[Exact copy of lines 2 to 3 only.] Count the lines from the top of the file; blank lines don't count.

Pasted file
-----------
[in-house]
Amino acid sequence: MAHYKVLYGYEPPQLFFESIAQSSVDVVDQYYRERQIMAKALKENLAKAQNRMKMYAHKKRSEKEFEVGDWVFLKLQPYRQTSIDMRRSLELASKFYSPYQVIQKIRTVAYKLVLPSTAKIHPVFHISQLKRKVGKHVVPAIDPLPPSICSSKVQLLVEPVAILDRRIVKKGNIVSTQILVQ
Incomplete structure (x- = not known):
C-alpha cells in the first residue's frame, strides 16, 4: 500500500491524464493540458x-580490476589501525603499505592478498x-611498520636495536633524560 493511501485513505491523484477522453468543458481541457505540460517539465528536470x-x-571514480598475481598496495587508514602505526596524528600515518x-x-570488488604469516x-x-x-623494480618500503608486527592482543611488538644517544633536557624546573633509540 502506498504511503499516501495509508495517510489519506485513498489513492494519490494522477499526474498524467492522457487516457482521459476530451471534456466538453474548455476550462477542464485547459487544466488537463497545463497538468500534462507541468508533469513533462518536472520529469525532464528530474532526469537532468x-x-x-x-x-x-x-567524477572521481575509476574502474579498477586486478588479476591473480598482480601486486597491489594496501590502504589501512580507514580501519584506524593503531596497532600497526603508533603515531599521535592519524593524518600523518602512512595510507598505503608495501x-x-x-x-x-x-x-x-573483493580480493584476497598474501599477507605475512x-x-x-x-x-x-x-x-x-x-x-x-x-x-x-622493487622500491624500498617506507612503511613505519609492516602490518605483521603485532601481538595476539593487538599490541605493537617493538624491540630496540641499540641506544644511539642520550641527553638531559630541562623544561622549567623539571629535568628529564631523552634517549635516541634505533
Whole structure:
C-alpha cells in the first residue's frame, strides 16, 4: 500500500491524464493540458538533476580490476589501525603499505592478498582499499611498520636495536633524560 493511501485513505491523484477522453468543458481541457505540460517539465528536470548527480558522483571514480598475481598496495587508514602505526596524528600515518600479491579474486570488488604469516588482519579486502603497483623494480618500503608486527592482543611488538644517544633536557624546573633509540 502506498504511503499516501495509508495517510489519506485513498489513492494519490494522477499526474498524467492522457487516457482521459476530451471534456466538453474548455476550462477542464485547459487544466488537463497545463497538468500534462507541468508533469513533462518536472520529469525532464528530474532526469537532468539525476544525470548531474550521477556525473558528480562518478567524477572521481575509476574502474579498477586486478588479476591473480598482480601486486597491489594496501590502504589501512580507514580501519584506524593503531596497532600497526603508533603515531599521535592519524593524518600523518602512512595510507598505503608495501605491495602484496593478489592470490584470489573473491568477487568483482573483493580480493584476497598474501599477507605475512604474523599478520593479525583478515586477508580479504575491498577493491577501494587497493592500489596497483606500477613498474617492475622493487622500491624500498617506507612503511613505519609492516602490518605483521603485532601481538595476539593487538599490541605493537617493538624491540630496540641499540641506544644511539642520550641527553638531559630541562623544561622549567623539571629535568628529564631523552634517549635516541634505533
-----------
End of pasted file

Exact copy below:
Amino acid sequence: MAHYKVLYGYEPPQLFFESIAQSSVDVVDQYYRERQIMAKALKENLAKAQNRMKMYAHKKRSEKEFEVGDWVFLKLQPYRQTSIDMRRSLELASKFYSPYQVIQKIRTVAYKLVLPSTAKIHPVFHISQLKRKVGKHVVPAIDPLPPSICSSKVQLLVEPVAILDRRIVKKGNIVSTQILVQ
Incomplete structure (x- = not known):